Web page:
Essentially, you could have had, and should have had, but somehow managed not to…
The ‘for example’ list is long, and not exhaustive:
The Analysis podcast opens with an example from the commercial world, General Motors in the 1990s, when it was clear that commercial profitability depended on cutting costs rather new car sales. In that environment, where the goal was cost-cutting, ignorance is essential to avoid having to deal with the consequences. Costs (corners) were cut. An ignition problem existed for eleven years, resulting in 13 deaths, 54 crashes and at the ‘cost’ of millions of dollars in vehicle recalls.
In the the cost-cutting, deeply competitive, culture that developed within the automotive giant, its steep hierarchy and sheer size (so large and complex where an assessment of consequences is almost impossible) an internal review of problems at corporate giant concluded that although everyone had a responsibility to fix the problem, nobody took responsibility.
At GM a whole language was created so as not to face up to responsibilities or consequences. Employees were told to ‘write smart‘ and not to use ‘judgemental adjectives and speculation‘. In language, don’t say ‘problem‘ talk about ‘the issue‘, don’t say ‘condition‘, say ‘matter‘, and do not say ‘defect‘ but instead ‘does not perform to design‘. Language was used to create plausible deniability.
The podcast highlighted common patterns in such cultures.
Individuals are overstretched, distracted and exhausted. They don’t see because they can’t think. Too many people from same background share same biases, beliefs and blindspots. The organisations within which they work become places where it isn’t felt to be safe to raise concerns, or ask challenging questions. So individuals focus on their tasks:
Obedient, conformist, and unwilling to rock the boat with the knowledge they harbour. And because they know everyone can see problems they imagine someone will do something.
It is a pattern sadly all too recognisable in Rotherham, where there were seventeen reports over sixteen years and so many people involved: parents, teachers, doctors, voluntary organisations, police and Council.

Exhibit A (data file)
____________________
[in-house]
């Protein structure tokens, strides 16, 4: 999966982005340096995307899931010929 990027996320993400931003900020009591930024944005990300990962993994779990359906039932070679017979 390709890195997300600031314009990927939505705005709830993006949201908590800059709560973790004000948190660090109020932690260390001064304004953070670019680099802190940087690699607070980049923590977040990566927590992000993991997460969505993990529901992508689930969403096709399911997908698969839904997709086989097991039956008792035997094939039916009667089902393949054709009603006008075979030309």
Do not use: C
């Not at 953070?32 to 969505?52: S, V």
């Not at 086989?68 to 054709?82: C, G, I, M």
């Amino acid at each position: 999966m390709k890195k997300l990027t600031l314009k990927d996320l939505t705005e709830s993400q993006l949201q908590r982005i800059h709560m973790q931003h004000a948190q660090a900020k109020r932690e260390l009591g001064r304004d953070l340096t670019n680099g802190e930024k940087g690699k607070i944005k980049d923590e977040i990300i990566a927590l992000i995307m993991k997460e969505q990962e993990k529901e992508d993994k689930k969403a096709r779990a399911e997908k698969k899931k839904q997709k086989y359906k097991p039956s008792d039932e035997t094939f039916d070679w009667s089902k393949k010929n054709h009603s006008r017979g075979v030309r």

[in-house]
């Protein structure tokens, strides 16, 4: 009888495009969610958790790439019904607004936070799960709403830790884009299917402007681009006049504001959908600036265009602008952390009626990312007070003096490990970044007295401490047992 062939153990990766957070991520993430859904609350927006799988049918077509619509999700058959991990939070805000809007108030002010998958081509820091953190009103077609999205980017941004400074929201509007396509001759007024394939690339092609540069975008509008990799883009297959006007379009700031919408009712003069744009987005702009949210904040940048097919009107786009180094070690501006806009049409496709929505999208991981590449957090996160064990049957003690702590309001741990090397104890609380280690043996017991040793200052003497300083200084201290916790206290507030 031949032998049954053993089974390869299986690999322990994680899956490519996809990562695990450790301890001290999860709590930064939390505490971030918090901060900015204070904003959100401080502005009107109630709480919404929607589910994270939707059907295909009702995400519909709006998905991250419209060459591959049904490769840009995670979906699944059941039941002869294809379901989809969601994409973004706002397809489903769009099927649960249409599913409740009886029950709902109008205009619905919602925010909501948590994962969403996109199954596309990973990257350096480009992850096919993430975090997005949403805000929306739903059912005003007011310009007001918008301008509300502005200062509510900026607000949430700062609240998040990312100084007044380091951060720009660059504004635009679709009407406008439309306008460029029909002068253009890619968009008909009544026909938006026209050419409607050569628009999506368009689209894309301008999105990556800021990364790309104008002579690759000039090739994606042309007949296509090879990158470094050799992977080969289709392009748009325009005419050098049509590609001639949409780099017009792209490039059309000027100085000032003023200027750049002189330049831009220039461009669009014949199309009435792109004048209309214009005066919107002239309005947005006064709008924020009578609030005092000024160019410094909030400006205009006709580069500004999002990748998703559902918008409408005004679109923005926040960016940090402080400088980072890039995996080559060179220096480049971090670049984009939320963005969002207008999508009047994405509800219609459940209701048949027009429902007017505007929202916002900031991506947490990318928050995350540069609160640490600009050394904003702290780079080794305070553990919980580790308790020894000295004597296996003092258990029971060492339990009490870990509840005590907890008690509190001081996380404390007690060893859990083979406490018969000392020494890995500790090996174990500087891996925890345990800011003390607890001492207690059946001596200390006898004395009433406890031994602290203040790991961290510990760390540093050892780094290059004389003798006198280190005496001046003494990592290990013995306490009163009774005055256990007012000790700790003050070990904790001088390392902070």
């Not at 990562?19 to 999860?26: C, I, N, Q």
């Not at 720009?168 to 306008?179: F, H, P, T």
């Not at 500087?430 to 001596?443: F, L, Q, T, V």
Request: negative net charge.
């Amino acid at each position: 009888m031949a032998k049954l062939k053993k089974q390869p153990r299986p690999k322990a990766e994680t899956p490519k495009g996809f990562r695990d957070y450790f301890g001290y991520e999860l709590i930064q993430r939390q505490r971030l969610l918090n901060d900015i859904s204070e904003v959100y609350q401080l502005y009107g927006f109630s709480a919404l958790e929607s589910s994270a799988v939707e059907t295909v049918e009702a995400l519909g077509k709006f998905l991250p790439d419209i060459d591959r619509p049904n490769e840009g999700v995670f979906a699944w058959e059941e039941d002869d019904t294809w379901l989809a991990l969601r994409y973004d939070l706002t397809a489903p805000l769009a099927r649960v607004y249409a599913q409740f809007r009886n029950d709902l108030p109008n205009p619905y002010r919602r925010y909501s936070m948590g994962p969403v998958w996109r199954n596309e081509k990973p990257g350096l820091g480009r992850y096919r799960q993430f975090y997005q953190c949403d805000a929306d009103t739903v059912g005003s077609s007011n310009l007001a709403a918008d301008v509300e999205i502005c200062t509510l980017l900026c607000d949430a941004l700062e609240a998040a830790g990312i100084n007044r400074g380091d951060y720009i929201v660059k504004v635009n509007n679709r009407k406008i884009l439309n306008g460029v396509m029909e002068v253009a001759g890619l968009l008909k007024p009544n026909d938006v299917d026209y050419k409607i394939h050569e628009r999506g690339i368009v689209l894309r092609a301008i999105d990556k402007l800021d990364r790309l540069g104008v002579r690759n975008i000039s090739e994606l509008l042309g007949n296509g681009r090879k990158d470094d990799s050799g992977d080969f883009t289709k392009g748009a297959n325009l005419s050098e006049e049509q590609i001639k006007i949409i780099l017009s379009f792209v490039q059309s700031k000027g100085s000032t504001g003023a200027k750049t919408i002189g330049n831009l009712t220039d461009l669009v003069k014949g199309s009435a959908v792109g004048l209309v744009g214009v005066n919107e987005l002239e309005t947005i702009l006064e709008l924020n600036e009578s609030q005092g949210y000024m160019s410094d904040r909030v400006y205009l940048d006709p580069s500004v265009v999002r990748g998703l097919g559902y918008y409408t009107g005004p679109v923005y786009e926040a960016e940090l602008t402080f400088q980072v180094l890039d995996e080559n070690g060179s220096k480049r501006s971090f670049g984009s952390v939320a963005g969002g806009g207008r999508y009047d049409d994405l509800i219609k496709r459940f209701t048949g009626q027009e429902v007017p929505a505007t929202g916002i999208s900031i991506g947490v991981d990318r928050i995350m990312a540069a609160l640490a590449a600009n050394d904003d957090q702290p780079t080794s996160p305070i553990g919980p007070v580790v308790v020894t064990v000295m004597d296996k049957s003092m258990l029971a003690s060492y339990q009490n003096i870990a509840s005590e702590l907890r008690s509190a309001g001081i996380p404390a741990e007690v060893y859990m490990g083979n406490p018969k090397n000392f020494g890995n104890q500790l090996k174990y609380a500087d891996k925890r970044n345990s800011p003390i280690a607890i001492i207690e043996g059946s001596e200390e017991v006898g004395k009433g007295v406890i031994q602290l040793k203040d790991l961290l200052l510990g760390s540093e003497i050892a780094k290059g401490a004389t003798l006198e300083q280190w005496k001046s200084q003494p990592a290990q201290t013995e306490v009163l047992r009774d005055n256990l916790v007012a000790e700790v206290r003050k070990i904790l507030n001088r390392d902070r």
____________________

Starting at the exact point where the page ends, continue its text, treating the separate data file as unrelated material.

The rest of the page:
Young people being abused in Rotherham; belonging to everyone, yet belonging to no-one.
A vast array of safe-guarding plans and protocols in Rotherham were never checked as to whether they were being implemented, or were even practically useful. The care of children became ‘process-driven’ with with large numbers of people attending any meeting: if an issue belongs to 35 people in a room, who is actually taking ownership of the issue? The complexity of inter-agency relationships, the exhaustion of competitive social workers, coupled with a climate of fear created a condition where no-one had the clarity, energy or will to speak up.
Many do no speak because they ‘know’ they will be shot down, or ‘imagine’ that they will.
The airline industry is an example where the dominant culture is one where the workforce has become the early warning system of potential disaster, and where everyone feels safe, and is safe, to speak up. It didn’t just happen that way.
After a series of problems in the 1970s the Civil Aviation Authority created a programme that would break through hierarchy and ensure that a concern would reach the person who could make a difference – this includes a third party advice line to offer pathways to raising concerns. The CAA created a ‘Just Culture‘ to assure the industry lived up to the open standards set. In 1980 around 300 reports of concern were fed to the CAA, over thirty years later there are 14,000 in a year. Despite (some would say cut-throat) competitiveness, Just Culture is shared across the entire industry.